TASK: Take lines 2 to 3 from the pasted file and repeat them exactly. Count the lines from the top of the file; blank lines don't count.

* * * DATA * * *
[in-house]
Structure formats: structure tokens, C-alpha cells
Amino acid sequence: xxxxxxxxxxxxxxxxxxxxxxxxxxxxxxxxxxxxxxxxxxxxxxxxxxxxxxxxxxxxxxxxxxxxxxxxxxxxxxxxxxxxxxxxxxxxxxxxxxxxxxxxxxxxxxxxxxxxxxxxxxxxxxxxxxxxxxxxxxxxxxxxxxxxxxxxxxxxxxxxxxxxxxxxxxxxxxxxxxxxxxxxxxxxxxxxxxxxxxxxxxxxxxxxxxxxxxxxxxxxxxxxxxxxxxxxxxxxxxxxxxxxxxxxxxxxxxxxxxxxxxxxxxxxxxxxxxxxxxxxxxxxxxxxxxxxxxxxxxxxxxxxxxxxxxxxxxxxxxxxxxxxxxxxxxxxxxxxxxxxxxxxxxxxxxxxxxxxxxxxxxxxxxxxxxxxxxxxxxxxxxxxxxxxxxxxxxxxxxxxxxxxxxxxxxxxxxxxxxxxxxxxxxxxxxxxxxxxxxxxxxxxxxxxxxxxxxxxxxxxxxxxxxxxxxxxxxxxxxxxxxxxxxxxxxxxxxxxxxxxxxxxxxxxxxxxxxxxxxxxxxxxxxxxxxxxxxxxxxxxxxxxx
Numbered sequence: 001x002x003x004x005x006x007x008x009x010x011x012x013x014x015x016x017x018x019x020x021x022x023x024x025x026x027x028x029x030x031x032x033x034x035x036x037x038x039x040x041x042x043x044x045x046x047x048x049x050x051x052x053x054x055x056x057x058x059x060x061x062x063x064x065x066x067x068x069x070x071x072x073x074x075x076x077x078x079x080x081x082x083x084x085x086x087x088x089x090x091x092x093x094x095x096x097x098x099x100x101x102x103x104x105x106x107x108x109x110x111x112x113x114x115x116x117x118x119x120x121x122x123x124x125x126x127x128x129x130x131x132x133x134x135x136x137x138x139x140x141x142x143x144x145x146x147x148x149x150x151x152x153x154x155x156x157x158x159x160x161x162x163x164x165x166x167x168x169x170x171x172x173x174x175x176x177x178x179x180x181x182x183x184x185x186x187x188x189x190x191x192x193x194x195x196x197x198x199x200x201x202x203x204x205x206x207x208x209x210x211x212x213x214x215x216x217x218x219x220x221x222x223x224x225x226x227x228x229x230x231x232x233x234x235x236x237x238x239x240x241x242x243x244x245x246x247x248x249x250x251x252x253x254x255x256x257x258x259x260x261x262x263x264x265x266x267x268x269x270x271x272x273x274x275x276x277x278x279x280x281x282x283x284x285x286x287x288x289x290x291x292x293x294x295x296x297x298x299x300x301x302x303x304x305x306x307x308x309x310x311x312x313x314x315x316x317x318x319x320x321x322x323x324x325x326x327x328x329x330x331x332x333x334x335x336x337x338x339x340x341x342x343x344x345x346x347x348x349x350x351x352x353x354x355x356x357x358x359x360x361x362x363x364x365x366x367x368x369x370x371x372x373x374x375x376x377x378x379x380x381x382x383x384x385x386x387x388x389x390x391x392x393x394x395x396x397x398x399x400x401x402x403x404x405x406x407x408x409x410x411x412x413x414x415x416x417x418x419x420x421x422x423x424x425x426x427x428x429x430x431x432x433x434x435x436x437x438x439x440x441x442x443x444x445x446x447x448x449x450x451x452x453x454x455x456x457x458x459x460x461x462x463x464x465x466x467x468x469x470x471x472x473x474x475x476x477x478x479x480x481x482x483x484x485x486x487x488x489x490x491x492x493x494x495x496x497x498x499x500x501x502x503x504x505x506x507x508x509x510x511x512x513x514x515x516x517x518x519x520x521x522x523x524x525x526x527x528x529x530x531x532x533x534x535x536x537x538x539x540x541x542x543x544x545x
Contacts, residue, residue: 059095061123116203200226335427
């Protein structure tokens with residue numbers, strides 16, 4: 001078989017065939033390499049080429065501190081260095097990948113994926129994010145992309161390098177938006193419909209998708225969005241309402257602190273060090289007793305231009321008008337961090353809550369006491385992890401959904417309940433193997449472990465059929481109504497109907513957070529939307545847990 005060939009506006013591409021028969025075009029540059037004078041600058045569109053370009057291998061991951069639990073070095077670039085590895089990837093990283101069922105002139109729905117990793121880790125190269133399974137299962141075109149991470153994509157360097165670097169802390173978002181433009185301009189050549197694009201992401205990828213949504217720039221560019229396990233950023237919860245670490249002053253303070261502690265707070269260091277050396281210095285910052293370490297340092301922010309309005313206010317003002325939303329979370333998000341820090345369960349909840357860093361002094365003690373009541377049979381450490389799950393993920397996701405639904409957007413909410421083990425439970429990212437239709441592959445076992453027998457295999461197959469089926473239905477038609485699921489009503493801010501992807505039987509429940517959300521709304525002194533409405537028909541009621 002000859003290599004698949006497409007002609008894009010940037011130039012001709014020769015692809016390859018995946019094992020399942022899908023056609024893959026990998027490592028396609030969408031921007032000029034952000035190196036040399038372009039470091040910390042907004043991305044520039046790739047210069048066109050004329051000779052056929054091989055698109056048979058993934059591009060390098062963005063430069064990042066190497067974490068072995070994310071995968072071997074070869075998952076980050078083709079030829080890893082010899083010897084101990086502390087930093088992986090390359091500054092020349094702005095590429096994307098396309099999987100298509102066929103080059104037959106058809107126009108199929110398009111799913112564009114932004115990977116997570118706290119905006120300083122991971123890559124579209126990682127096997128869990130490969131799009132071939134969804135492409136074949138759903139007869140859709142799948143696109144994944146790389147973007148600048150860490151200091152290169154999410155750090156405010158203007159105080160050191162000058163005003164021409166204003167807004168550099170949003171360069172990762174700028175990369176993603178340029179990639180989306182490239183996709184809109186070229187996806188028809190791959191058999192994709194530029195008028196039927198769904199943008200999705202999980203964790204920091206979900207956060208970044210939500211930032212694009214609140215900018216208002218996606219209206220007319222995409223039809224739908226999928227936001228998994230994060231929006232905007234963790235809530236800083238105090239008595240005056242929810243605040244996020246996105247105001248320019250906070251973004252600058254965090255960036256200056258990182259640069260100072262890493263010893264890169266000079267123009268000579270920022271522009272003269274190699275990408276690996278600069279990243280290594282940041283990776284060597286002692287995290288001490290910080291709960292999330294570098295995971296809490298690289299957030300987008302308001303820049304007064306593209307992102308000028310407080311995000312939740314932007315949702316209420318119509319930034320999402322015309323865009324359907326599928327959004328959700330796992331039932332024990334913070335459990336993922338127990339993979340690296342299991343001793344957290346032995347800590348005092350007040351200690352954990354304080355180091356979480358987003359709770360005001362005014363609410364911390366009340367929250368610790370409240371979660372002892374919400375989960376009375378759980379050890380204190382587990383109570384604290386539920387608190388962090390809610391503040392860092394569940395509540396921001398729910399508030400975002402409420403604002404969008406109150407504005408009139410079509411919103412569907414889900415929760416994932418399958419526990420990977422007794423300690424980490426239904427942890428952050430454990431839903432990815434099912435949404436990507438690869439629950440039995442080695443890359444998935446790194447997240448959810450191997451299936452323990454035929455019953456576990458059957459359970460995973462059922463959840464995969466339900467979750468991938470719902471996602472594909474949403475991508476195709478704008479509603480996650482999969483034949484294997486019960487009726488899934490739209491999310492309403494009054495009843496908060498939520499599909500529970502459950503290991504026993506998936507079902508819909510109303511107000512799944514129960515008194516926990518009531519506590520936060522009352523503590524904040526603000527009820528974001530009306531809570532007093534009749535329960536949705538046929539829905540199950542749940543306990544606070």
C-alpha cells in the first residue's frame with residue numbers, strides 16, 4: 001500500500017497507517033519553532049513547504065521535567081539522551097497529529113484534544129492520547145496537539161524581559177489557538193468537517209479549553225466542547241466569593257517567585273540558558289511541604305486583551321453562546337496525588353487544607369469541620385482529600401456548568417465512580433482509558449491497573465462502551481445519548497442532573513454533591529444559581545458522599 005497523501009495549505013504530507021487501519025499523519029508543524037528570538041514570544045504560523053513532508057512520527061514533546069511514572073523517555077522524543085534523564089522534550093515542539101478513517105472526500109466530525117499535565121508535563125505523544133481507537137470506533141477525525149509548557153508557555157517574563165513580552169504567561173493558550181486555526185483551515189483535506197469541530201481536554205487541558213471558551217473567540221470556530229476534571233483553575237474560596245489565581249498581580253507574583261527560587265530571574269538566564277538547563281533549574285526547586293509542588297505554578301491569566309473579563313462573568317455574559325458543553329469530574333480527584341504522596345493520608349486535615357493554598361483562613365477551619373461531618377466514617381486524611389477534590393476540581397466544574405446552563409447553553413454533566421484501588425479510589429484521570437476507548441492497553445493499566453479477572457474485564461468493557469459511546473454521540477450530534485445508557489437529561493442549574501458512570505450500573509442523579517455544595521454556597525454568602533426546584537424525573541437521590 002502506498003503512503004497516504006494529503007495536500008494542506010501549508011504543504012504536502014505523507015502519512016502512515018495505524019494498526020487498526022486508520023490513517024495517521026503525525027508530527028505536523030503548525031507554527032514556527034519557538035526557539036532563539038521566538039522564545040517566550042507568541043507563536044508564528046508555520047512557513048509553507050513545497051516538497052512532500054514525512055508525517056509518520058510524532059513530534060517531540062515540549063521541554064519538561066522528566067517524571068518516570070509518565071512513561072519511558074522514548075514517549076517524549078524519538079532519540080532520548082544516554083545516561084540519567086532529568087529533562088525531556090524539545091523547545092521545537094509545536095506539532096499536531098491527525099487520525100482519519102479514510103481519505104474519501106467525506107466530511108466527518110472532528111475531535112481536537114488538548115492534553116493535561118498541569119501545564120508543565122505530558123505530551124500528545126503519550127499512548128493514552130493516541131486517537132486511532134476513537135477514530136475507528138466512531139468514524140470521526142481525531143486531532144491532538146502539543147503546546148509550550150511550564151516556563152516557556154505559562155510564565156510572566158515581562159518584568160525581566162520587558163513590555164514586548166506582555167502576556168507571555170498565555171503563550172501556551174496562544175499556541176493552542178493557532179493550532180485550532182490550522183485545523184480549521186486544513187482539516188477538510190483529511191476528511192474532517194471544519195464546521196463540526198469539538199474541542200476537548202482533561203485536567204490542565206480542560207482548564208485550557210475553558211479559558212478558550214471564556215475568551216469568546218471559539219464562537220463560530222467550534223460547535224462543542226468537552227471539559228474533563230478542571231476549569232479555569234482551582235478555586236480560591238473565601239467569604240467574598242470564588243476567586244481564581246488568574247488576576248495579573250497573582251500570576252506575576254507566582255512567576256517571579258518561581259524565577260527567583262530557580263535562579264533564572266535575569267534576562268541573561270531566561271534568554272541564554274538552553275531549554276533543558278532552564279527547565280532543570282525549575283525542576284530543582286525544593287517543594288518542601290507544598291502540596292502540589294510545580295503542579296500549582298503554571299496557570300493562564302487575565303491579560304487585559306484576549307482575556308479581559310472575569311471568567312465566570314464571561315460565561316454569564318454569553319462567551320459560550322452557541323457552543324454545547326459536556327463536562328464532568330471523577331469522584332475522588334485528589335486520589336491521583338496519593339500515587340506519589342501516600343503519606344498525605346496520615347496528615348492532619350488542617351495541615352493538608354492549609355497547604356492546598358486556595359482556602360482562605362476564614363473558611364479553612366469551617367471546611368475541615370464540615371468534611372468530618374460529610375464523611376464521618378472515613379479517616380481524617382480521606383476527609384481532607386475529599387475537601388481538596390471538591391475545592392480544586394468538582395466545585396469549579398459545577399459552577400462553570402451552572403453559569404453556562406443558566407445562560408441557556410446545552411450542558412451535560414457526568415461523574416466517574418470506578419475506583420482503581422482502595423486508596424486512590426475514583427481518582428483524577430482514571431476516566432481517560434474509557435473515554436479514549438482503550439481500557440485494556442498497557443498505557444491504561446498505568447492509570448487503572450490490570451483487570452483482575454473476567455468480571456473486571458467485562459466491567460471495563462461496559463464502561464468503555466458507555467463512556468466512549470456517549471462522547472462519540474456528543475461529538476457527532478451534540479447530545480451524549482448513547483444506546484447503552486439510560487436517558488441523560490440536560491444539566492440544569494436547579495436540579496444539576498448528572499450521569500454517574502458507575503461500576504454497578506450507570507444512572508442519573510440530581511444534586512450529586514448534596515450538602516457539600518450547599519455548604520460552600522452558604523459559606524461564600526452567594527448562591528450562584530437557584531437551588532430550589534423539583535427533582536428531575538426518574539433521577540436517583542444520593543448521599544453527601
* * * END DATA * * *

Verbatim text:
Structure formats: structure tokens, C-alpha cells
Amino acid sequence: xxxxxxxxxxxxxxxxxxxxxxxxxxxxxxxxxxxxxxxxxxxxxxxxxxxxxxxxxxxxxxxxxxxxxxxxxxxxxxxxxxxxxxxxxxxxxxxxxxxxxxxxxxxxxxxxxxxxxxxxxxxxxxxxxxxxxxxxxxxxxxxxxxxxxxxxxxxxxxxxxxxxxxxxxxxxxxxxxxxxxxxxxxxxxxxxxxxxxxxxxxxxxxxxxxxxxxxxxxxxxxxxxxxxxxxxxxxxxxxxxxxxxxxxxxxxxxxxxxxxxxxxxxxxxxxxxxxxxxxxxxxxxxxxxxxxxxxxxxxxxxxxxxxxxxxxxxxxxxxxxxxxxxxxxxxxxxxxxxxxxxxxxxxxxxxxxxxxxxxxxxxxxxxxxxxxxxxxxxxxxxxxxxxxxxxxxxxxxxxxxxxxxxxxxxxxxxxxxxxxxxxxxxxxxxxxxxxxxxxxxxxxxxxxxxxxxxxxxxxxxxxxxxxxxxxxxxxxxxxxxxxxxxxxxxxxxxxxxxxxxxxxxxxxxxxxxxxxxxxxxxxxxxxxxxxxxxxxxxxxxxxxx